“A Song for Europa’ is one of the key tracks from Jóhann Jóhannsson’s release ‘Orphée’ on Deutsche Grammophon.
“Orphée” shows the full range of the Icelandic composer’s remarkable invention and uncanny feeling for atmosphere. The music of the entire album is tied together structurally by recurring harmonic and melodic elements, yet each track sounds fresh, evocative and unique.
Typically for Johann, the work is a beautifully atmospheric composition, one that immerses the listener into the strange recordings of the ‘Numbers Stations’: a category of shortwave radio station broadcasts characterized by readings of number lists, letters and coded messages from a forgotten era.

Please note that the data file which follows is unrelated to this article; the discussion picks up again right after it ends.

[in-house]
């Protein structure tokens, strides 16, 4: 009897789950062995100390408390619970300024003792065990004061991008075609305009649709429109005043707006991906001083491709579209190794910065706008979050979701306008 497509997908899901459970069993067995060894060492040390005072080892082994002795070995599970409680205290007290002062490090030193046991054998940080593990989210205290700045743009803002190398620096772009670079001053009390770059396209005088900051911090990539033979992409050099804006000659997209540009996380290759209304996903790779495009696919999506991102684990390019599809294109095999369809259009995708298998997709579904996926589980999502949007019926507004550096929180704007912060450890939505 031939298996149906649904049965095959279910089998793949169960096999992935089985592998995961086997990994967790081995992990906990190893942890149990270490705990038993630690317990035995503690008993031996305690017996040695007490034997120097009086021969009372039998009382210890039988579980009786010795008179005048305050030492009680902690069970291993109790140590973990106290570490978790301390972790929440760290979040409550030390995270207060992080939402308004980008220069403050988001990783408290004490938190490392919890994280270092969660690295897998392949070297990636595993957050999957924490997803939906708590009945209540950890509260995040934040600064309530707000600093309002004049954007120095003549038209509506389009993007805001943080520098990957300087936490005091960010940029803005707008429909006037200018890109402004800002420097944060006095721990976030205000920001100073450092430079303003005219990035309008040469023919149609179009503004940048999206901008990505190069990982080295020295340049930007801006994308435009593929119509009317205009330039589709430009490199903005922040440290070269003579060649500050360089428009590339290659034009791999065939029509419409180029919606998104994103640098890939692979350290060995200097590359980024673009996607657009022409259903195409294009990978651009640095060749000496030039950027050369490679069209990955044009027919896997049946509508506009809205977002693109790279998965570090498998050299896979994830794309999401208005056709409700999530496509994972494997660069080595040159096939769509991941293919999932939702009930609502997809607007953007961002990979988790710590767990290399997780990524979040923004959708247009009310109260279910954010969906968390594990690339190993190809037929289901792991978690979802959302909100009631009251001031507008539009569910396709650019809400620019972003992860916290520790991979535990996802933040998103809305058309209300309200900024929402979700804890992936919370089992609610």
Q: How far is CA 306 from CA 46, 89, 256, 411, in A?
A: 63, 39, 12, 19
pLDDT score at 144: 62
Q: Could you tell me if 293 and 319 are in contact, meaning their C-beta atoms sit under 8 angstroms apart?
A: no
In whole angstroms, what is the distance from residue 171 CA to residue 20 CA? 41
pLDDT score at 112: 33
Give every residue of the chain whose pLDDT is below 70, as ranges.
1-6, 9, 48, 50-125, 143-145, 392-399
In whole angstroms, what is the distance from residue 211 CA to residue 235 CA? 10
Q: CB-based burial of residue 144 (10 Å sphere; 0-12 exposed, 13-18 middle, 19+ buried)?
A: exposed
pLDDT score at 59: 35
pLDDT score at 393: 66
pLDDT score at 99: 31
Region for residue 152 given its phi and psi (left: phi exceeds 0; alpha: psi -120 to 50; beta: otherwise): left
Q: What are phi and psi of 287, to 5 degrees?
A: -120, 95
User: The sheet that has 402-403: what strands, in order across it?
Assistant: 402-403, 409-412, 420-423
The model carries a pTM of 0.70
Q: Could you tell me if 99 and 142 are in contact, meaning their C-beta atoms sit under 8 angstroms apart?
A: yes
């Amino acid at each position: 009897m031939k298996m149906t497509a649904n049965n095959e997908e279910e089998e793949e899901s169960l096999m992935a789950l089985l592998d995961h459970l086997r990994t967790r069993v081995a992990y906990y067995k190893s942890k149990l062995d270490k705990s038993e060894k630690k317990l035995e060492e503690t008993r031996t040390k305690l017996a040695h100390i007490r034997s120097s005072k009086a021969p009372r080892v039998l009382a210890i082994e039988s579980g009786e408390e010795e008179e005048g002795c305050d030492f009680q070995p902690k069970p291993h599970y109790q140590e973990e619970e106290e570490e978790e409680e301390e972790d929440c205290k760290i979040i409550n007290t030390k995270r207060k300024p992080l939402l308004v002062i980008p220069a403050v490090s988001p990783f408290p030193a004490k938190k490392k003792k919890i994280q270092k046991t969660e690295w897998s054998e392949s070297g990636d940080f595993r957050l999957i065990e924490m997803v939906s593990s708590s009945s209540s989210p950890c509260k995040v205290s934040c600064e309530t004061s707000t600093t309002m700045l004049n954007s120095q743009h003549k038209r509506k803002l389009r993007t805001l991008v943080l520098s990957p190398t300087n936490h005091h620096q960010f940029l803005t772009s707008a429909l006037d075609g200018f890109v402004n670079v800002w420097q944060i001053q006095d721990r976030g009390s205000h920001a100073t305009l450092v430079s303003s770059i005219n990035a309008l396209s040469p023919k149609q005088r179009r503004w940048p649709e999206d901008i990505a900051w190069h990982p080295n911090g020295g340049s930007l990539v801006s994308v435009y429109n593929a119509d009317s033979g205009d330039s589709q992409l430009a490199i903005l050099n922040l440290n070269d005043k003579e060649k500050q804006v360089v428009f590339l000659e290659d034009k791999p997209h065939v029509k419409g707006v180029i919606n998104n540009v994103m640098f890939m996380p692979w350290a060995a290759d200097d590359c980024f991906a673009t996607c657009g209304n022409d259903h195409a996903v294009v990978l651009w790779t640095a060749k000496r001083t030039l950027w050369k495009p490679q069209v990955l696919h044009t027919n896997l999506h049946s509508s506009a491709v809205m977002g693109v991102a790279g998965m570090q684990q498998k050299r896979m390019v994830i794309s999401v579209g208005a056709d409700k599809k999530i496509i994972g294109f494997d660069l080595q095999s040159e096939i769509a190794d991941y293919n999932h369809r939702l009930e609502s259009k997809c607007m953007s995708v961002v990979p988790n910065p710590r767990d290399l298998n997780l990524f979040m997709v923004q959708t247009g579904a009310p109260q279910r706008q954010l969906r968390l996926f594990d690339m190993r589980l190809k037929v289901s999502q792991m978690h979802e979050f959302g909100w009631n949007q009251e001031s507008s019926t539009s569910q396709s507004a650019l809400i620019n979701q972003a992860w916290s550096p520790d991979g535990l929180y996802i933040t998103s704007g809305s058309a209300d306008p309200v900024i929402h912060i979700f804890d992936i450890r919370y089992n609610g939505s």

An air of espionage and shadowy cold war communication pervades the work, but the exact clarification remains as unknown as the station owners, and though most of these broadcasts went silent after the fall of the Berlin Wall, some can still be heard beaming their mysterious signals into the ether. It is to these lost, lonely voices that Jóhann has turned, capturing the enigmatic transmission of encoded information to persons elsewhere, and reflecting them back within a new context.
In response, AKA director Gergely Wootsch has created a considered and thoughtful animated film, which crosses literal boundaries and thresholds as it drifts along a desolate cold war landscape, following the haunting voice as it searches for a listener. (Youtube Description)